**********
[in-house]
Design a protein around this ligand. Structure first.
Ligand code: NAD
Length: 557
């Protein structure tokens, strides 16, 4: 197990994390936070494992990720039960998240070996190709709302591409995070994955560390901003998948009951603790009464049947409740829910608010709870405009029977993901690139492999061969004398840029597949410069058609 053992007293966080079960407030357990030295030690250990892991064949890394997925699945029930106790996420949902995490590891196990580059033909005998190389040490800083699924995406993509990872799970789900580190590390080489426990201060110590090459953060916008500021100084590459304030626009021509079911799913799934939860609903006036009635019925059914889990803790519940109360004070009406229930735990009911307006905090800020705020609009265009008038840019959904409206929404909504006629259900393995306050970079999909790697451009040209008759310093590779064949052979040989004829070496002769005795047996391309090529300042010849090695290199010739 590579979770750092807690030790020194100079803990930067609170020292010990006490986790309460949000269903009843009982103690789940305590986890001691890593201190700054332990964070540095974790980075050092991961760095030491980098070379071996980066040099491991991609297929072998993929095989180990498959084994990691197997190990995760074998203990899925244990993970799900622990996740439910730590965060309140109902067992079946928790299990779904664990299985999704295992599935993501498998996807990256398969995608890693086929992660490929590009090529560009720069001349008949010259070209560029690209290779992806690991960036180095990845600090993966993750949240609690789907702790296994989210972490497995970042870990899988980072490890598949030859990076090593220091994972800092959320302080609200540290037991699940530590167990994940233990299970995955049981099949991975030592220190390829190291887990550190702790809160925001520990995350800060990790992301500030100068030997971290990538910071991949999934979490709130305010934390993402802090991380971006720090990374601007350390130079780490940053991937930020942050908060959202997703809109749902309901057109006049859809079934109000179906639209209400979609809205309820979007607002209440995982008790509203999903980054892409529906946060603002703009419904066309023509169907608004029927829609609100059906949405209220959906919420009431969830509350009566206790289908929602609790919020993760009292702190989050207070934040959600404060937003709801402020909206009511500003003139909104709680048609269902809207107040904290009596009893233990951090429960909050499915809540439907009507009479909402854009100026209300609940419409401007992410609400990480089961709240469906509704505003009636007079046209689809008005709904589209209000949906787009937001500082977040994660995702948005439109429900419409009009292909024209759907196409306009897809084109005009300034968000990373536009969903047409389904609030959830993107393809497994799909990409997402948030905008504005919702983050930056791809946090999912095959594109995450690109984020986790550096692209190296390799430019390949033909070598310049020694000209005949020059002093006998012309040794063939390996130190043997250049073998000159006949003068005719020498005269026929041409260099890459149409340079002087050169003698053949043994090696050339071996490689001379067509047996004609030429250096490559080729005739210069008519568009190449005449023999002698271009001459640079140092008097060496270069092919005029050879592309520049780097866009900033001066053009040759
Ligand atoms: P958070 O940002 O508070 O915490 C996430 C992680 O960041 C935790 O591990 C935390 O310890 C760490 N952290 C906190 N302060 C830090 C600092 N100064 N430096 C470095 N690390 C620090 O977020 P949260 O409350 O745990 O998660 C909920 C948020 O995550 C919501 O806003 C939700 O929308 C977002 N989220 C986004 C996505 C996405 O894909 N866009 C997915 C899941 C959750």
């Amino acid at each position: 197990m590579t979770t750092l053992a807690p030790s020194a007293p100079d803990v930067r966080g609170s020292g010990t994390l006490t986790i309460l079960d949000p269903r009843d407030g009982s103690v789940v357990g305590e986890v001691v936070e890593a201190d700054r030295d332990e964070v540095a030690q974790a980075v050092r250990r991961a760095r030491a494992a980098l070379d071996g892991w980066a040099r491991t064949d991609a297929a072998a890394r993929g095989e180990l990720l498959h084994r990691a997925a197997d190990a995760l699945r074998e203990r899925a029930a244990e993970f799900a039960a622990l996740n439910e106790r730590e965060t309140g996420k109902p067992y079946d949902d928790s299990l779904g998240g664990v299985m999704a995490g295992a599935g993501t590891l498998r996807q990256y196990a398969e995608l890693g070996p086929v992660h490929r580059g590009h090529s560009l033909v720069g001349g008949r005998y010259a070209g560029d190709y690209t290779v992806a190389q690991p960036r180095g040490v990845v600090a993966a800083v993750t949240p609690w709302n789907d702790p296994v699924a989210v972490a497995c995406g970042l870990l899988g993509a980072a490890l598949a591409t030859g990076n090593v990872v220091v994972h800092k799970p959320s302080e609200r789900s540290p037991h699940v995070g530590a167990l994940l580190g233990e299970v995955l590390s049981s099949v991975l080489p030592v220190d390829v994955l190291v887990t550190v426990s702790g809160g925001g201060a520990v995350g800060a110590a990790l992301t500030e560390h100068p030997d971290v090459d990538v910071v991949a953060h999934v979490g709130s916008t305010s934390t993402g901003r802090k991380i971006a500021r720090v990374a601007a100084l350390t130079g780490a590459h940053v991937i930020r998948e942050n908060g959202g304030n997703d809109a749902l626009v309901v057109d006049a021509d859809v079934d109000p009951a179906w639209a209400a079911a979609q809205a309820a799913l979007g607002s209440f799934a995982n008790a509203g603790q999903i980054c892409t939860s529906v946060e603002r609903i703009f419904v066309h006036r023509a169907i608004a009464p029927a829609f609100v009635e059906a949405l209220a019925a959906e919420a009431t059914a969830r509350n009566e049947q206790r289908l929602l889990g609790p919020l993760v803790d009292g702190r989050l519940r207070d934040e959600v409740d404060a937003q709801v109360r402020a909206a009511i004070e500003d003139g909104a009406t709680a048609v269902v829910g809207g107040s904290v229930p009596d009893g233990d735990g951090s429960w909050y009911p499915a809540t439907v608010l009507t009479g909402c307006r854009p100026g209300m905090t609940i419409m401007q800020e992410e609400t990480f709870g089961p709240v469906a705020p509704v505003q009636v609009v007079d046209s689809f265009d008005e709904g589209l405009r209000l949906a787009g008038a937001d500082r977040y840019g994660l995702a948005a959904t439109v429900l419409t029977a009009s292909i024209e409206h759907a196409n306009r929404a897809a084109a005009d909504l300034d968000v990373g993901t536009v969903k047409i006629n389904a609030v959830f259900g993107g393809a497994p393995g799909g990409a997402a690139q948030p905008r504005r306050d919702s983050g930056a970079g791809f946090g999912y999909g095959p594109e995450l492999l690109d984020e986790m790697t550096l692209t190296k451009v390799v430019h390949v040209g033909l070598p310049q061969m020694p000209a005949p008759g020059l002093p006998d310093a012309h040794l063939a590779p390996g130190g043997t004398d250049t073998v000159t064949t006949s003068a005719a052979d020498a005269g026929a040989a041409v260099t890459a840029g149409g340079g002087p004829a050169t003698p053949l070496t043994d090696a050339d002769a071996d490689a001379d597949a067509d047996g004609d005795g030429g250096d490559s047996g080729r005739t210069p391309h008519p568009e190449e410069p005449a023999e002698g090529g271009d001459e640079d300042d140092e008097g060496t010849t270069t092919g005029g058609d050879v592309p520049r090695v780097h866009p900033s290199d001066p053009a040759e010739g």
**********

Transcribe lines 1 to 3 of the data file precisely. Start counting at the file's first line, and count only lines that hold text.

[in-house]
Design a protein around this ligand. Structure first.
Ligand code: NAD